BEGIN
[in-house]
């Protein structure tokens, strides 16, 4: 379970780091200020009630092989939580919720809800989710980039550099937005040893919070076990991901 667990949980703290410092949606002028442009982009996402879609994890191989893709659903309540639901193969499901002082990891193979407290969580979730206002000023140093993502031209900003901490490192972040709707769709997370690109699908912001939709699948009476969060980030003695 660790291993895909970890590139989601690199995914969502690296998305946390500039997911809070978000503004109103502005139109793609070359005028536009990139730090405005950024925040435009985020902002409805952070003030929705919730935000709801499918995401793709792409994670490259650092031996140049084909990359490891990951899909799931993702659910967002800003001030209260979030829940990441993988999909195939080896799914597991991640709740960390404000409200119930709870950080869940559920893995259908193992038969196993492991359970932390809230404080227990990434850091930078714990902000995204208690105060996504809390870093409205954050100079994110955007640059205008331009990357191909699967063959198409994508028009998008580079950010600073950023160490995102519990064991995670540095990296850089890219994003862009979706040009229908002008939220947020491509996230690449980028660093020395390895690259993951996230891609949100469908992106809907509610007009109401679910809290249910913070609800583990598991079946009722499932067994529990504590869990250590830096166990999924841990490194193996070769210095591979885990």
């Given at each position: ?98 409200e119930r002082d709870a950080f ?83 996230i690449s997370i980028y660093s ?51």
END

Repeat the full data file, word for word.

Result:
[in-house]
């Protein structure tokens, strides 16, 4: 379970780091200020009630092989939580919720809800989710980039550099937005040893919070076990991901 667990949980703290410092949606002028442009982009996402879609994890191989893709659903309540639901193969499901002082990891193979407290969580979730206002000023140093993502031209900003901490490192972040709707769709997370690109699908912001939709699948009476969060980030003695 660790291993895909970890590139989601690199995914969502690296998305946390500039997911809070978000503004109103502005139109793609070359005028536009990139730090405005950024925040435009985020902002409805952070003030929705919730935000709801499918995401793709792409994670490259650092031996140049084909990359490891990951899909799931993702659910967002800003001030209260979030829940990441993988999909195939080896799914597991991640709740960390404000409200119930709870950080869940559920893995259908193992038969196993492991359970932390809230404080227990990434850091930078714990902000995204208690105060996504809390870093409205954050100079994110955007640059205008331009990357191909699967063959198409994508028009998008580079950010600073950023160490995102519990064991995670540095990296850089890219994003862009979706040009229908002008939220947020491509996230690449980028660093020395390895690259993951996230891609949100469908992106809907509610007009109401679910809290249910913070609800583990598991079946009722499932067994529990504590869990250590830096166990999924841990490194193996070769210095591979885990």
């Given at each position: ?98 409200e119930r002082d709870a950080f ?83 996230i690449s997370i980028y660093s ?51």